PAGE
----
Unless they’ve permanently banned your account, which is unlikely unless there have been repeated terms of service violations over a long time period.

Ad platforms become alarmed easily, sometimes false-alarmed, at the slightest possibility of legal jeopardy. There are several reasons – first, they are frequently a lawsuit target, and Shopping transactions put them legally in the chain of a transaction.

Business Questions

We see these issues regularly on incoming PPC campaign rebuild projects:

  1. The wrong type of campaign could have been deployed. For example, a search campaign may be used when shopping would be a more effective choice.
  2. The campaign may be configured improperly, for example the wrong type of bidding may have been used. Or – the campaign may be scheduled to be ‘off’ on Saturday when (e.g. residential solar) the most conversions occur.
  3. Usually just a select few keywords form the backbone of a search campaign. Some or all may be missing for various reasons. Or ‘conversion assist’ keywords may have been paused because last-click attribution model doesn’t spread the conversion credit to them, so the role they play isn’t obvious.
  4. The negative keyword base may be faulty, or inadequate. So the ad spend is wasted on irrelevant traffic.
  5. The agency may not have been given enough time to optimize the campaign. It can take from a few weeks to a few months to optimize campaigns running in highly competitive markets.
  6. The wrong images or ad copy may have been used in a Display campaign. In display campaigns, the image is crucial.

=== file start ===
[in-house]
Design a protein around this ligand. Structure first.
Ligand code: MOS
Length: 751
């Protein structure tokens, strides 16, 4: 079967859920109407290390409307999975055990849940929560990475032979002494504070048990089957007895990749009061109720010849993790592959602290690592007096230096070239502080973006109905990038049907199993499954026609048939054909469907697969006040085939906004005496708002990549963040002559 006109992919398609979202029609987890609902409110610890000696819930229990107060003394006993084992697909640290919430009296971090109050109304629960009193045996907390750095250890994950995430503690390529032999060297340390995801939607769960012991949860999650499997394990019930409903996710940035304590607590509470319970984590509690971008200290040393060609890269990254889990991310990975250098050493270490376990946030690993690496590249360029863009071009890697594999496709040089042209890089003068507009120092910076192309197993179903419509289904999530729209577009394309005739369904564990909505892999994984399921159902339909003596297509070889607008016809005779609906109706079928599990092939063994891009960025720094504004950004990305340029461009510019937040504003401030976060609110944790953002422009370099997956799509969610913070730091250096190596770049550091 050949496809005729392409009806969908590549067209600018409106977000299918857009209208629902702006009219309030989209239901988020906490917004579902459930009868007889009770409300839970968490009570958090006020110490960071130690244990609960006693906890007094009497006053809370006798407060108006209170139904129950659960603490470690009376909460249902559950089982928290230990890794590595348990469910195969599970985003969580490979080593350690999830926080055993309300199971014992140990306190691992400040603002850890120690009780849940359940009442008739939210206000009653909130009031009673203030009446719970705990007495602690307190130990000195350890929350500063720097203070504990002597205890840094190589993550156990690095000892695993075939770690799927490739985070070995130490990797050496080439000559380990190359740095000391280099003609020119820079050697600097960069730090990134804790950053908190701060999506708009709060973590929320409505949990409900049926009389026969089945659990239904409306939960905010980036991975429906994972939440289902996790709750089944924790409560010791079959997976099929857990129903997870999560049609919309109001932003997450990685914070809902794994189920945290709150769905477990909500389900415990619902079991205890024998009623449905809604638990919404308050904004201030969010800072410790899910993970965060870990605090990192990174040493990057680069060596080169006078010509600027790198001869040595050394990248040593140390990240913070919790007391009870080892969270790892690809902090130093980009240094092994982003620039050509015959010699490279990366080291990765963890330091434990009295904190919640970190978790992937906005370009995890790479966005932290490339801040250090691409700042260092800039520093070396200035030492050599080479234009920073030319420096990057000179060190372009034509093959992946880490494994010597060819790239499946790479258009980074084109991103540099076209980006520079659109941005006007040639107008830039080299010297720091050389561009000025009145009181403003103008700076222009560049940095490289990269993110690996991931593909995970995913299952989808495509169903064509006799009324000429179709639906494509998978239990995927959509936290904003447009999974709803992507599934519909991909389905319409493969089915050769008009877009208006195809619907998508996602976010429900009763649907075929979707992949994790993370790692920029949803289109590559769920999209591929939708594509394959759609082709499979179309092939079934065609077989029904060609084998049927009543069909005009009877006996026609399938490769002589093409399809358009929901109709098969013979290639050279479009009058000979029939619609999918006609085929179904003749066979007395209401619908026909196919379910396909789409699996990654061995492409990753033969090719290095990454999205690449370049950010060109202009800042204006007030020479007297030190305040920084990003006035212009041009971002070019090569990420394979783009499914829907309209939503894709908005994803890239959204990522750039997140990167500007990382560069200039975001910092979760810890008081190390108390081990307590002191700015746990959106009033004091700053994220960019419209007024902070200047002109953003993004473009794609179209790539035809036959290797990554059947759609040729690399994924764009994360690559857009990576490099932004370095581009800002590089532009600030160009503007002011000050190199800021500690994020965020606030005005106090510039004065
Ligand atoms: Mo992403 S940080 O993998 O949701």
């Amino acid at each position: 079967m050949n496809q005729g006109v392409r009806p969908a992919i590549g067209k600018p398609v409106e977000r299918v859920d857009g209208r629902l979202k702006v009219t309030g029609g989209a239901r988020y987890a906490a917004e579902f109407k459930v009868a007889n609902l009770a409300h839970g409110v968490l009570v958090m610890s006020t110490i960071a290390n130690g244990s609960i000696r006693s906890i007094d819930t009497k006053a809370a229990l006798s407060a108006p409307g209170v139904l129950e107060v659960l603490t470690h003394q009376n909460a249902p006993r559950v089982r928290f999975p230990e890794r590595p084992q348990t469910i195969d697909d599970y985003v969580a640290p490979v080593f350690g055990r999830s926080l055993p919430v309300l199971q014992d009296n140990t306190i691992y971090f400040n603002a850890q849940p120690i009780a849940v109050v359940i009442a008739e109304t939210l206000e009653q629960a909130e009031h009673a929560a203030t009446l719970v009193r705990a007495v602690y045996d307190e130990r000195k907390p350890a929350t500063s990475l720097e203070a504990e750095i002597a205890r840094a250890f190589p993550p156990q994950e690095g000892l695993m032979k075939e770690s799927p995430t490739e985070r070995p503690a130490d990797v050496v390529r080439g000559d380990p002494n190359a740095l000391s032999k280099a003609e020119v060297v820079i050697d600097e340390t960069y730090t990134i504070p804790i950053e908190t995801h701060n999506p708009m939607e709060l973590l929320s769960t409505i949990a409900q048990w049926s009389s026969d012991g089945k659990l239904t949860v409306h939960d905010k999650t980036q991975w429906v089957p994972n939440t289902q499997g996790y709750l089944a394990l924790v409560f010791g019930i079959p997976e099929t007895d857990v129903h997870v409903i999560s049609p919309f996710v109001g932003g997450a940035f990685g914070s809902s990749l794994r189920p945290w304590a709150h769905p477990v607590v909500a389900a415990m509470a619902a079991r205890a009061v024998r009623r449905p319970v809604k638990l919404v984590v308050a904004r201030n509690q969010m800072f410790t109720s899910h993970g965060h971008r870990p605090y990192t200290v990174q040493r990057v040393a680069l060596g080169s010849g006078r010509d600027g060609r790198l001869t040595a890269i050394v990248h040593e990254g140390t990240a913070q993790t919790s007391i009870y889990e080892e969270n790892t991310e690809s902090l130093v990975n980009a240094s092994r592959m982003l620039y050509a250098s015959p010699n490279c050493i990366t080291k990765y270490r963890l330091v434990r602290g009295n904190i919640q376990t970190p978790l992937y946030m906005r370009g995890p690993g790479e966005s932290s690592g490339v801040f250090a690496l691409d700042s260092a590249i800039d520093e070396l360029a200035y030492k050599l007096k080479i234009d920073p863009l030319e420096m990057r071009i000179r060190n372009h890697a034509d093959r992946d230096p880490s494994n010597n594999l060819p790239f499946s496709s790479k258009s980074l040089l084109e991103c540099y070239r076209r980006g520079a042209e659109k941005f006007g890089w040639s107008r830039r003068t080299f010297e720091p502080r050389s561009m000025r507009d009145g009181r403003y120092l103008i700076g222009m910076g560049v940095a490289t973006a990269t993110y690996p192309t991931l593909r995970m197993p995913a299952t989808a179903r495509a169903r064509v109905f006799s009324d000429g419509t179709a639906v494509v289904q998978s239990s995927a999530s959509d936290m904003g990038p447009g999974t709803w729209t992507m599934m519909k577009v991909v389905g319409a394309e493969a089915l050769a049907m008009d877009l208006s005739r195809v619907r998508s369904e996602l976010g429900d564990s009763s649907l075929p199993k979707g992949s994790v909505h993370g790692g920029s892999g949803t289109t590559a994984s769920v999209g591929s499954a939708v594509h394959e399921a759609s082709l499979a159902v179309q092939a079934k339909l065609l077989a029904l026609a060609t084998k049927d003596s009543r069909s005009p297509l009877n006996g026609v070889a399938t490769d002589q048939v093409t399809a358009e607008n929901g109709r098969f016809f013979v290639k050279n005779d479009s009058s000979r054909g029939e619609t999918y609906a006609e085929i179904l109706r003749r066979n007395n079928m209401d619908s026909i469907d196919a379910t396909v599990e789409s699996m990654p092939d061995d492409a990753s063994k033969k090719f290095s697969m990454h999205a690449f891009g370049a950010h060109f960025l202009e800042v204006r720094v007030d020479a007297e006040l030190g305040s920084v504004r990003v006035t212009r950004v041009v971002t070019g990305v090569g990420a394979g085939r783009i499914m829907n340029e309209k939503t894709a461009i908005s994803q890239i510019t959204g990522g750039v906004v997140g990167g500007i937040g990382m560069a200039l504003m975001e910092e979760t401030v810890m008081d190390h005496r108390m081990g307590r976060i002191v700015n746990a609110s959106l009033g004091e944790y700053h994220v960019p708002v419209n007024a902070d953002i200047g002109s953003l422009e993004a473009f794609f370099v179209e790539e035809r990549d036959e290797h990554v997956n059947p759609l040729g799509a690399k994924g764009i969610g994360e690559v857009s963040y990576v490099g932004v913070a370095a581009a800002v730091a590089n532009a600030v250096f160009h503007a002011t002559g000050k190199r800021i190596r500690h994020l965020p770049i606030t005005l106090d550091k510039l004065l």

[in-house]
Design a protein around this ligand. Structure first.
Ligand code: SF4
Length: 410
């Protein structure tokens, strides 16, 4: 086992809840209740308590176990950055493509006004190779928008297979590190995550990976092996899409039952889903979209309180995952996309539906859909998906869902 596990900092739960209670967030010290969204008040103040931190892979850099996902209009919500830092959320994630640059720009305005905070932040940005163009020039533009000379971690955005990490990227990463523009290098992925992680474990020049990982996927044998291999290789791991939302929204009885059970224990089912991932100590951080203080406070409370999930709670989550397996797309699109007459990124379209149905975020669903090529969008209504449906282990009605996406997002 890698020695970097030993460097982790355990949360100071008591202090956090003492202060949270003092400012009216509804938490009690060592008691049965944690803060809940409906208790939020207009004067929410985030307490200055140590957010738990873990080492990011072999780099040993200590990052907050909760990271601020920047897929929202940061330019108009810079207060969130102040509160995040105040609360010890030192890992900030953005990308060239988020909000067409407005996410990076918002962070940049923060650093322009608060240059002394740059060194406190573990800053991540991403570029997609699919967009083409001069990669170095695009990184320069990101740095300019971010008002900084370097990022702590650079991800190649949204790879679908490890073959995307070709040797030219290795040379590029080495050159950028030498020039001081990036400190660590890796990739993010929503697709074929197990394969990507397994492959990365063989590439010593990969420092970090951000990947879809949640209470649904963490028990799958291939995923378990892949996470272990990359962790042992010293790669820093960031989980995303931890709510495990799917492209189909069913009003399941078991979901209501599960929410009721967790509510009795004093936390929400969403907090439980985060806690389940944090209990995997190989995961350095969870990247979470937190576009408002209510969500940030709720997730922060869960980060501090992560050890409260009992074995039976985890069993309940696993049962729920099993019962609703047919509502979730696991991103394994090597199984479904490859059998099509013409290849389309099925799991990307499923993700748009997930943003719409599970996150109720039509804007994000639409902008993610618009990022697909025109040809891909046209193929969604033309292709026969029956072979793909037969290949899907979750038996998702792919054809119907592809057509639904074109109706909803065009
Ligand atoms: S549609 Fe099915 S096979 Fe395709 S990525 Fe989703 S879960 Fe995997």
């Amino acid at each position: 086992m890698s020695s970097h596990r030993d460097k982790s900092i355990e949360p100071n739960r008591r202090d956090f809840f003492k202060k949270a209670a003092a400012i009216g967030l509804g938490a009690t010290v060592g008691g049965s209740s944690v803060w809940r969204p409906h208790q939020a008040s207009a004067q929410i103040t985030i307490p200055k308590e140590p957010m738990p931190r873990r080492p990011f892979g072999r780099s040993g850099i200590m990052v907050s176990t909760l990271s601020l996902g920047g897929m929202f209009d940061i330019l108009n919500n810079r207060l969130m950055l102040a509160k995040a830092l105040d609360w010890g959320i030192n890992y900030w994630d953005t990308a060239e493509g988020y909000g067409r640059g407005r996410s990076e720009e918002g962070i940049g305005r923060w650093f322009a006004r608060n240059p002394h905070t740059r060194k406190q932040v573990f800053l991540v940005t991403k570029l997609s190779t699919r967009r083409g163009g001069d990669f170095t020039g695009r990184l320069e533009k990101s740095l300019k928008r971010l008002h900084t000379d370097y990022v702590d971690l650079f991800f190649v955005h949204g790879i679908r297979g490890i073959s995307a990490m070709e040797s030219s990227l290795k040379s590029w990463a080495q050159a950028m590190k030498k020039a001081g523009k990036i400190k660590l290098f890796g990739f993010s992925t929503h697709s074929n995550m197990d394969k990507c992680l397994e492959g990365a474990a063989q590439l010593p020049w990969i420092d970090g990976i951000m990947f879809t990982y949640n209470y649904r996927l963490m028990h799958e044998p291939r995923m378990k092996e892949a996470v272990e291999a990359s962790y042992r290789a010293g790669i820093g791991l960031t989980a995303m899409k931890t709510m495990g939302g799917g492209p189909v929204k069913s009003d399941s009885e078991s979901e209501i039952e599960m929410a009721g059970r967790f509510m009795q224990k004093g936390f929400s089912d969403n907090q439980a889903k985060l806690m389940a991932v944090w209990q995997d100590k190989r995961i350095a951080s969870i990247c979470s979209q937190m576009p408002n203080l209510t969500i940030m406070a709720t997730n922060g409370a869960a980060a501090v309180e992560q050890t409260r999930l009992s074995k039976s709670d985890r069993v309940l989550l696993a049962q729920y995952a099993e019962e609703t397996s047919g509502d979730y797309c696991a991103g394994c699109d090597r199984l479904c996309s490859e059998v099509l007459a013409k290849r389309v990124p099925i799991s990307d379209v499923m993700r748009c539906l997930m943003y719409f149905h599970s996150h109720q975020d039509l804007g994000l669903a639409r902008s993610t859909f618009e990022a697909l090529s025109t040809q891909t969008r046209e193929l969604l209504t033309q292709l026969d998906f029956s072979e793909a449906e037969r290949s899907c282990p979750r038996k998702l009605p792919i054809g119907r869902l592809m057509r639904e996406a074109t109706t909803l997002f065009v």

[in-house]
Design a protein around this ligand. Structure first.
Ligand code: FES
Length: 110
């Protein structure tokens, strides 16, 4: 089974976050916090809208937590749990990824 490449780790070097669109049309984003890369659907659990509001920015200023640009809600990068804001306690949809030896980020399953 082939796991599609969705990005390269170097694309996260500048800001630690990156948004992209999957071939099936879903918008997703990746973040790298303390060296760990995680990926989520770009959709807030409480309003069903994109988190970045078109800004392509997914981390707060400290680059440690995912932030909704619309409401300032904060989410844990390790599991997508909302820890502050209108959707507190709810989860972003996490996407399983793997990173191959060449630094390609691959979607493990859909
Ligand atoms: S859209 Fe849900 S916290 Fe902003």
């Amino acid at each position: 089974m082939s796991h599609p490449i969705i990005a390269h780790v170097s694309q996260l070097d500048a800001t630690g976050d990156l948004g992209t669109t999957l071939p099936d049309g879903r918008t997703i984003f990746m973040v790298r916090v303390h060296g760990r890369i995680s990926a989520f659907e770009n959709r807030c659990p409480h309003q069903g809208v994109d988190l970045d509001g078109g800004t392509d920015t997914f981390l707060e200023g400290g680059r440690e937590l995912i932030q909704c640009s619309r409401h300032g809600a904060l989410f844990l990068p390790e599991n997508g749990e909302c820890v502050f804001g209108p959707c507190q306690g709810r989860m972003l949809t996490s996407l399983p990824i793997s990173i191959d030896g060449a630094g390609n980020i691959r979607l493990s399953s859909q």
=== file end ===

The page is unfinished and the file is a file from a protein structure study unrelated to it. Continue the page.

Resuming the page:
7. TV-style, professionally-produced, slick ads may have been used in a video campaign; they often don’t work online even they are more costly and time-consuming to produce.
  8. The targeted market may have “keyword silo overlap” bidding up clicks to a point where it’s difficult to optimize a campaign into profitability.
  9. Bidding may be too conservative, leaving the best clicks for other campaigns.
  10. The Shopping feed may not have been optimized properly.
  11. The campaign audiences may be setup wrong, or entirely the wrong audiences.
  12. A Shopping campaign’s product taxonomy may not have been setup right.
  13. The ad copy may be weak, and untested.
  14. The site may have major CRO problems. Many that we see, do. It’s one of the first things we check.
  15. Ad budget may be inadequate to get over the “success threshold”, a ‘quantum effect’ similar to FM Radio lock.
  16. Ad extensions may be poorly implemented, written, or missing.
  17. The product/service is weak, so conversions are light to non-existent.
  18. Inadequate click share in the geographic region targeted; and/or keyword matching may be setup too tight.
  19. The advertiser may be a late market entrant, and there are too many established, high-spending competitors have built up high quality scores, so their ad spend goes farther.